The only problem is, so many bars don't seem to be that much better than than junk food. And, as so often happens in life, a potential solution found me.
But was it any good?
When the PR firm for Soyjoy contacted me and asked me if I would try their products, I did what I always do. I asked for an ingredient list. And, while it wasn't ideal (yes, there is butter, but at least it is a real food), it wasn't as bad as similar products I had looked at.
So I (if you'll forgive the pun) bit and said I'd try 'em.
First, let's look at the ingredients of one of the flavors of Soyjoy as well as a more mainstream bar and a homemade bar (the other bars are granola- as opposed to soy-based, but as they all compete for room in my husband's drawer this makes for a fair comparison).
Soyjoy mango coconut
Whole Soybean Powder, Raisin, Butter (from milk), Sugar, Dried Coconut, Frozen Egg, Maltodextrin (natural fiber source), Dried Papaya, Dried Mango, Dried Pineapple, Natural Flavors, Salt.
Quaker Granola Bites honey roasted peanut
Whole grain rolled oats, sugar, crisp rice (rice flour, sugar, salt, dextrose, corn syrup solids, malted barley flour), corn oil with TBHQ (preservative), peanuts, corn syrup, almonds, cashew splits, molasses, salt, honey, soy lecithin, corn syrup solids, peanut and/or canola and/or cottonseed oil, natural and artificial flavors, sodium bicarbonate, hydrogenated vegetable oil* (rapeseed, cottonseed, and soybean oil), mono and diglycerides. *Adds a dietarily insignificant amount of trans fat.
Alton Brown's homemade granola bars from the Food Network
Rolled oats, dried fruit, honey, almonds, brown sugar, sunflower seeds, wheat germ, butter, vanilla extract, salt.
And the winner is . . .
Certainly the Soyjoy ingredients look a lot better than the Quaker ingredients (just look at all that corn product and all those different types of sugar) but I would put Alton Brown's granola bars above the Soyjoy. There really is nothing better than homemade, is there?
But how do the Soyjoy bars taste?
They sent six flavors. I tried two: Strawberry and peanut chocolate chip. And, alas, both taste like sawdust. The strawberry one tastes like acidic sawdust. The peanut butter chocolate chip tastes like peanut sawdust.
And, almost as bad, they are not very appetizing to look at: Both look like rectangular logs, differing only in color.
After one bite each, I threw my bars away.
And now for a second opinion
As these are destined for the husband's desk drawer, I figure it is his opinion that counts. So without telling him what I think, I also gave him two bars to taste:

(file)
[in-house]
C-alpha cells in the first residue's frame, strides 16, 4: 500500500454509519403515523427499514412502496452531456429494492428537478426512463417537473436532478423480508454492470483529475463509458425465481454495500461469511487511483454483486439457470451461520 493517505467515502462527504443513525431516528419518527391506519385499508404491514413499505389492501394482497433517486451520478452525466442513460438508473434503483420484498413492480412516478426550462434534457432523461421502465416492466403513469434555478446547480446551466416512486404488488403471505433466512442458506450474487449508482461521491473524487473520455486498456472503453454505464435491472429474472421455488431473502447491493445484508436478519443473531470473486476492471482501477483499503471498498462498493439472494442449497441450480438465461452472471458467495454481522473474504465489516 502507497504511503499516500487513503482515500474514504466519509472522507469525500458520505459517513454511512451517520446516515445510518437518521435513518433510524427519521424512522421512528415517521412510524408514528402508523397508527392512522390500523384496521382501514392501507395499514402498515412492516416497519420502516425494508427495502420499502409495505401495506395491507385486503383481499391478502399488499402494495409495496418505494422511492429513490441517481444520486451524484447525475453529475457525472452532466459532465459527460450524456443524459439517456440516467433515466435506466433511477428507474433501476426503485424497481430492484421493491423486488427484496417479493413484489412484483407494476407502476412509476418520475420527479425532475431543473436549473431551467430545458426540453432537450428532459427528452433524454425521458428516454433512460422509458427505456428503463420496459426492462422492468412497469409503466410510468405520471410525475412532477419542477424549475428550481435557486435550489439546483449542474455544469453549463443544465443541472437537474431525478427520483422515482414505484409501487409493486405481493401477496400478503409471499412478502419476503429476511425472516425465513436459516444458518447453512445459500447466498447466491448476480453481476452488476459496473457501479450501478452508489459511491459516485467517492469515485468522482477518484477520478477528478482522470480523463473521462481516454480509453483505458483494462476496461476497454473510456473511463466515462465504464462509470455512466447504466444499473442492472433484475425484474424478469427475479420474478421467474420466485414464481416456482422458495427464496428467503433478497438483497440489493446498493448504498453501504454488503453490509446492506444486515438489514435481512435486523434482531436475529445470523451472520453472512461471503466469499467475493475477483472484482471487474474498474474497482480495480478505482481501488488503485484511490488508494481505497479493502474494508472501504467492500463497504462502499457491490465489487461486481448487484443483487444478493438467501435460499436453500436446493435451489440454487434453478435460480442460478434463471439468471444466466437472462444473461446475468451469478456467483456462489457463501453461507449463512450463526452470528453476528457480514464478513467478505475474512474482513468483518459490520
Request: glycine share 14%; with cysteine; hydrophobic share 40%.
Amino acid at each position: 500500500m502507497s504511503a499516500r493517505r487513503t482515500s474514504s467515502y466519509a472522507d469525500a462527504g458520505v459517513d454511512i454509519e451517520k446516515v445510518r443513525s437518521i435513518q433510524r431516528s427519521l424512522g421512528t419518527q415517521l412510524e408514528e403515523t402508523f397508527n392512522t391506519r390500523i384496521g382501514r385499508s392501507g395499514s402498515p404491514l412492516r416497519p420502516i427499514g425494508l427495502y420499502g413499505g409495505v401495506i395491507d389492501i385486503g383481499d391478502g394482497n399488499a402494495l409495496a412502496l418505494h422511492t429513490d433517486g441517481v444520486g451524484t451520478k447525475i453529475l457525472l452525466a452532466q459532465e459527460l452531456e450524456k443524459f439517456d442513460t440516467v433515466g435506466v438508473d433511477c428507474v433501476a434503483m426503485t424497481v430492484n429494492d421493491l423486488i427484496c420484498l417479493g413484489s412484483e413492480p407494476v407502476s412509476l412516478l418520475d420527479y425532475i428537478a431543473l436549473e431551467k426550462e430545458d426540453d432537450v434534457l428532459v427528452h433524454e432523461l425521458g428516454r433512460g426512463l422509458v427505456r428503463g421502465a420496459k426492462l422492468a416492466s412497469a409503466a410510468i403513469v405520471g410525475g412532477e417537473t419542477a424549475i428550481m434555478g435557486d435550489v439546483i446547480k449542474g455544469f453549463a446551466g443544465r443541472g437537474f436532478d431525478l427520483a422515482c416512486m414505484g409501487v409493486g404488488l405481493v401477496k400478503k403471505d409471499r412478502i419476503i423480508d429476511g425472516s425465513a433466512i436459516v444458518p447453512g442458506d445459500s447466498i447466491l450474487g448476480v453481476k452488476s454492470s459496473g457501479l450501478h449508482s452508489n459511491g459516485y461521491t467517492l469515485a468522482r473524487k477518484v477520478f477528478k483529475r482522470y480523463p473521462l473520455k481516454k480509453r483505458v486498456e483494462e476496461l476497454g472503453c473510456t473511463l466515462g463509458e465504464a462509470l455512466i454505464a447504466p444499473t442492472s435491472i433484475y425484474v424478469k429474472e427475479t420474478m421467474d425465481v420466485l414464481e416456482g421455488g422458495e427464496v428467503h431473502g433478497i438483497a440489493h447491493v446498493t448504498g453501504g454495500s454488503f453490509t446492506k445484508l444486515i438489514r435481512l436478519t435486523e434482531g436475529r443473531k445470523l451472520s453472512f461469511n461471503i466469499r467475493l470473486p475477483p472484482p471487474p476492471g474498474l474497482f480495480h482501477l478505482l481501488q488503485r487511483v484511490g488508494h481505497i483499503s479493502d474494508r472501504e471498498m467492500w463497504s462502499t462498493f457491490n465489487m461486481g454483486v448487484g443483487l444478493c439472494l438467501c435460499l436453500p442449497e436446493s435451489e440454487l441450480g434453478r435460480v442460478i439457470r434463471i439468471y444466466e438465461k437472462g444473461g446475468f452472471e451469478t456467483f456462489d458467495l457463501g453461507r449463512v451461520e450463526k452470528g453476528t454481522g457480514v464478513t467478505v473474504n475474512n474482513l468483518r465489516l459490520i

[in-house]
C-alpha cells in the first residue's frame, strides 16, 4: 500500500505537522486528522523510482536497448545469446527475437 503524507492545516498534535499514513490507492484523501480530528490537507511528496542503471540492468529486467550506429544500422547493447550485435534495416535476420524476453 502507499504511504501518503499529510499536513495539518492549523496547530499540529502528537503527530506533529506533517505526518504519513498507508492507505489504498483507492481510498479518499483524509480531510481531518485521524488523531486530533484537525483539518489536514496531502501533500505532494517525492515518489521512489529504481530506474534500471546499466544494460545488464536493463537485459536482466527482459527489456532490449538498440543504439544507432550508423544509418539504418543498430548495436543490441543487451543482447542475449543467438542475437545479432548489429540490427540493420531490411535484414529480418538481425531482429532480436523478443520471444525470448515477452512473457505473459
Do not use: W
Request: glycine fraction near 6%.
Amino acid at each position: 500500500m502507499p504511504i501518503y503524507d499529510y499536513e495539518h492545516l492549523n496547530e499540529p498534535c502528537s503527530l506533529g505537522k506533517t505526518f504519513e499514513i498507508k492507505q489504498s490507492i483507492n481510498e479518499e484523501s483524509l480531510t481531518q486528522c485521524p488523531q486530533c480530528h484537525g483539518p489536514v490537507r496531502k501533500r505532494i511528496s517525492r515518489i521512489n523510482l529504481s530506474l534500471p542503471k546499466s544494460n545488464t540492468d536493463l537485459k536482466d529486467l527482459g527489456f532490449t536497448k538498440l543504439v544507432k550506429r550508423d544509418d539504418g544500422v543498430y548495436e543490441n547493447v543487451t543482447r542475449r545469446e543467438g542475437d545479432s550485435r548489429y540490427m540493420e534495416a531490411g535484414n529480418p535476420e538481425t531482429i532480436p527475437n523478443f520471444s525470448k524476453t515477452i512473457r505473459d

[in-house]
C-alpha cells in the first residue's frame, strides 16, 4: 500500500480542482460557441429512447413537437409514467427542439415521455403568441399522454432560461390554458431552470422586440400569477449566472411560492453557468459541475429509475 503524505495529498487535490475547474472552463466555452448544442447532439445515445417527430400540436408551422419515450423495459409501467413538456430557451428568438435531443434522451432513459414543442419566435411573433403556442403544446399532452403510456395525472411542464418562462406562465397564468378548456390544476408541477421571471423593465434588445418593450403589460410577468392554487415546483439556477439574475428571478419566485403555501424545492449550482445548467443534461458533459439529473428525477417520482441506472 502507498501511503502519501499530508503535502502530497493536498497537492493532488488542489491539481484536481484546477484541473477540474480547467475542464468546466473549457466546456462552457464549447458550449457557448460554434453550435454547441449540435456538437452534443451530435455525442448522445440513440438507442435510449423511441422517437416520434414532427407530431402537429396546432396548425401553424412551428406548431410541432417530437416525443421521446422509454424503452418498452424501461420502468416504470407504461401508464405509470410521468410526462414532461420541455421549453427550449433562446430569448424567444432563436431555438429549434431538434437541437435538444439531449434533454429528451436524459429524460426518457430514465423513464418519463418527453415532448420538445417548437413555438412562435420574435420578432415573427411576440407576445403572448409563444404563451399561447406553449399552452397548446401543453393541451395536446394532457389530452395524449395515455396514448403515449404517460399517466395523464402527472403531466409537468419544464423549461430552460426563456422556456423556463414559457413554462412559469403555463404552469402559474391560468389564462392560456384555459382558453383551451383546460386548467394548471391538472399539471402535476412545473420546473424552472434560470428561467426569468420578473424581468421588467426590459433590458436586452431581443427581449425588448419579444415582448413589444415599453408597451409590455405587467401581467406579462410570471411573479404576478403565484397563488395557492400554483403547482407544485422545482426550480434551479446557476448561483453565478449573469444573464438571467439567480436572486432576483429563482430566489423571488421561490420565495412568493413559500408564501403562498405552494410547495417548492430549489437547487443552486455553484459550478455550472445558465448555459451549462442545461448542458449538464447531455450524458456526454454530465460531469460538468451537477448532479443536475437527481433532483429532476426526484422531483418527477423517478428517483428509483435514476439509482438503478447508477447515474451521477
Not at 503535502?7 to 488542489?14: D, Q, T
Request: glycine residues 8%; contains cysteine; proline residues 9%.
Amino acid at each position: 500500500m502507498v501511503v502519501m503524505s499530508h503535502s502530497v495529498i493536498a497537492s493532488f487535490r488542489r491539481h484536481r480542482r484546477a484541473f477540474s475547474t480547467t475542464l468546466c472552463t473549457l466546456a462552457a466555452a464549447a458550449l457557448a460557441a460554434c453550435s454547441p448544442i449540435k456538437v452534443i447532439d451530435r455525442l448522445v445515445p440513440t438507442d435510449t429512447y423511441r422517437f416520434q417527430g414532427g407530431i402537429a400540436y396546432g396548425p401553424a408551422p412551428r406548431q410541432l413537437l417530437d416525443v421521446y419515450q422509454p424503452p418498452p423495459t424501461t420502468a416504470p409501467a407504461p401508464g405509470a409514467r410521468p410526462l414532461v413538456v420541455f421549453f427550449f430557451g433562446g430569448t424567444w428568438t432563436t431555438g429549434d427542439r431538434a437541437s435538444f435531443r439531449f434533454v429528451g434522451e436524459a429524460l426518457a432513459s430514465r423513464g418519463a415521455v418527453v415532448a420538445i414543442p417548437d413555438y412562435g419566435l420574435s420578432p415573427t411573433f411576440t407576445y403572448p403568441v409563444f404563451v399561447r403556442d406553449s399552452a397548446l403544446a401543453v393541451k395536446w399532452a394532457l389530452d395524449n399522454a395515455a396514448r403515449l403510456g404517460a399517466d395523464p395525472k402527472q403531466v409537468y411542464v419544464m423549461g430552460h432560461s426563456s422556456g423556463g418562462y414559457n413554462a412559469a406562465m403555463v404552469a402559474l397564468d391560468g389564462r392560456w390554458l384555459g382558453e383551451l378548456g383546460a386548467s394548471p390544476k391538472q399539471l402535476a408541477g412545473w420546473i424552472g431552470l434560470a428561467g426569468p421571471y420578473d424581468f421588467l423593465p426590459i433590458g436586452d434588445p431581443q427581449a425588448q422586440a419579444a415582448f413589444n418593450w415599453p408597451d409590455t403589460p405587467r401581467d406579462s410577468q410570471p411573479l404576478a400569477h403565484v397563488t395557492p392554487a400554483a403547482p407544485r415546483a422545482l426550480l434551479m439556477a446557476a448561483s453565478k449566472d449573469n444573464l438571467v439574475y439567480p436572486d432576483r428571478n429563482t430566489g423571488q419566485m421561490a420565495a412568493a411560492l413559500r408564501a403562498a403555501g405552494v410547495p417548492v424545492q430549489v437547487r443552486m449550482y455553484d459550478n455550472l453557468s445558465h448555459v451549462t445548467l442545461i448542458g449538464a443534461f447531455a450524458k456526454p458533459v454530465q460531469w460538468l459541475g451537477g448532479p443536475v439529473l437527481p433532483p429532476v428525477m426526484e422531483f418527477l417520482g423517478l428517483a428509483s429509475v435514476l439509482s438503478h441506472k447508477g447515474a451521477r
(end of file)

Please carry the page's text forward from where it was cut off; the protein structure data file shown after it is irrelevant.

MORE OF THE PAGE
"The strawberry is like biting into a brick of dried kelp flavored with artificial strawberry. The peanut chocolate chip is painfully dry. The texture is unlike anything I've ever encountered, but the closest thing would be an extremely stale cookie. It tastes like burned peanut butter with an odd hint of chocolate. I'm not even finishing them. I'm just throwing them away."
So now what do I do?
I'm a freelance writer, so I work from home and have access to all sorts of healthy goodies. But my husband is at the office all day and I know he hears the siren call of the donuts. So what should I give him to stash in his desk drawer? It has to last for weeks and be tasty, otherwise he just won't eat it.
I'm open to suggestions. Because I hate for those evil donuts to win.
* * * * *
Speaking of PR firms that want me to try their products ...
Another firm contacted me about a new boxed drink for kids they say is a " ... brand new innovation in nutrition!" Called Froose, they say it ". . . tastes great to kids in such yummy flavors as Playful Peach, Perfect Pear, and Cheerful Cherry."
So follow me, boys and girls, as we skip past the PR hype and head straight to the only thing that counts, the ever-wonderful ingredient list.
Why look, the first ingredient is water. Meaning you're paying more for that than anything else. Of course, you can get that for nearly free from the tap, but where's the fun in that I ask you?
Next we have brown rice syrup which is rice cooked until the starch is converted to sugar. This is followed closely by the fruit. Finally! But, wait, it is in the form of a fruit juice concentrate. To make a fruit juice concentrate you take fruit and cook it until it, too, turns into a type of sugar.
So were are we on the ingredient list? Water, then a sugar, then another sugar.
Hmmm, is this really a "... brand new innovation in nutrition!"? Or is it the same old "... nutrition ..." that helped make our children obese in the first place?
And, what's worse, is that it is dawning on me that it is not just manufacturers of this sort of sugar water who are responsible. But it is also the PR firms and anyone else who profits at the expense of our children.
So, after I explained all this to the PR firm, I asked them "Why would you take on this client?"
I didn't really expect an answer. And I wasn't disappointed.